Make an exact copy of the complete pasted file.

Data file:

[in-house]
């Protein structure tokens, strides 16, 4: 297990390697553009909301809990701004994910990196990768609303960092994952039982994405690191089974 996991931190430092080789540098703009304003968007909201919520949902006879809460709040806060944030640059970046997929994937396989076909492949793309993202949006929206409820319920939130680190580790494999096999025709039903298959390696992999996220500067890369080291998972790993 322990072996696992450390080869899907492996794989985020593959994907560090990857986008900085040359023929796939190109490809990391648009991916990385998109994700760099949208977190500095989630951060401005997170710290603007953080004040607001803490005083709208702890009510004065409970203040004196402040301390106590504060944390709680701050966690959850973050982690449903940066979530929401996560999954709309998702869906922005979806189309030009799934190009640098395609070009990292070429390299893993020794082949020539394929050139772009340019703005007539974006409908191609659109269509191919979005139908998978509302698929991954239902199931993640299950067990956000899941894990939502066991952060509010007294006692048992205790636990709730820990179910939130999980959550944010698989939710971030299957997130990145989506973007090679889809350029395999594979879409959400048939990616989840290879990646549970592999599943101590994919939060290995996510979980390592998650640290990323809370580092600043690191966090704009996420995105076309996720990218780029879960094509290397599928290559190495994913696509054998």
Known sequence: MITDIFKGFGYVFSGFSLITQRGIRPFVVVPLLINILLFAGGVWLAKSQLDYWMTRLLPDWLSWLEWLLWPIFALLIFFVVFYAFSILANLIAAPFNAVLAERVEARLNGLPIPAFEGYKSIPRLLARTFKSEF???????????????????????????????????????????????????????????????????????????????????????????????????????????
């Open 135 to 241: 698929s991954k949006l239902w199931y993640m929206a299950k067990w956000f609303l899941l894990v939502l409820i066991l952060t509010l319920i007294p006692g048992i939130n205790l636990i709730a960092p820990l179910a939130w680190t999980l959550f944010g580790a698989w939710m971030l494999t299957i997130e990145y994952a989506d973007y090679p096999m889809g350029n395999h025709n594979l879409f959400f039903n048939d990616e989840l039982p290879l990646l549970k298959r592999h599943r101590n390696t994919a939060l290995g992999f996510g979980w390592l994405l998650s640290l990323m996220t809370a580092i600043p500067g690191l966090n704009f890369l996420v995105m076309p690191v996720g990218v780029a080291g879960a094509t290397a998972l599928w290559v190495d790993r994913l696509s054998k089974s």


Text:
[in-house]
């Protein structure tokens, strides 16, 4: 297990390697553009909301809990701004994910990196990768609303960092994952039982994405690191089974 996991931190430092080789540098703009304003968007909201919520949902006879809460709040806060944030640059970046997929994937396989076909492949793309993202949006929206409820319920939130680190580790494999096999025709039903298959390696992999996220500067890369080291998972790993 322990072996696992450390080869899907492996794989985020593959994907560090990857986008900085040359023929796939190109490809990391648009991916990385998109994700760099949208977190500095989630951060401005997170710290603007953080004040607001803490005083709208702890009510004065409970203040004196402040301390106590504060944390709680701050966690959850973050982690449903940066979530929401996560999954709309998702869906922005979806189309030009799934190009640098395609070009990292070429390299893993020794082949020539394929050139772009340019703005007539974006409908191609659109269509191919979005139908998978509302698929991954239902199931993640299950067990956000899941894990939502066991952060509010007294006692048992205790636990709730820990179910939130999980959550944010698989939710971030299957997130990145989506973007090679889809350029395999594979879409959400048939990616989840290879990646549970592999599943101590994919939060290995996510979980390592998650640290990323809370580092600043690191966090704009996420995105076309996720990218780029879960094509290397599928290559190495994913696509054998």
Known sequence: MITDIFKGFGYVFSGFSLITQRGIRPFVVVPLLINILLFAGGVWLAKSQLDYWMTRLLPDWLSWLEWLLWPIFALLIFFVVFYAFSILANLIAAPFNAVLAERVEARLNGLPIPAFEGYKSIPRLLARTFKSEF???????????????????????????????????????????????????????????????????????????????????????????????????????????
């Open 135 to 241: 698929s991954k949006l239902w199931y993640m929206a299950k067990w956000f609303l899941l894990v939502l409820i066991l952060t509010l319920i007294p006692g048992i939130n205790l636990i709730a960092p820990l179910a939130w680190t999980l959550f944010g580790a698989w939710m971030l494999t299957i997130e990145y994952a989506d973007y090679p096999m889809g350029n395999h025709n594979l879409f959400f039903n048939d990616e989840l039982p290879l990646l549970k298959r592999h599943r101590n390696t994919a939060l290995g992999f996510g979980w390592l994405l998650s640290l990323m996220t809370a580092i600043p500067g690191l966090n704009f890369l996420v995105m076309p690191v996720g990218v780029a080291g879960a094509t290397a998972l599928w290559v190495d790993r994913l696509s054998k089974s």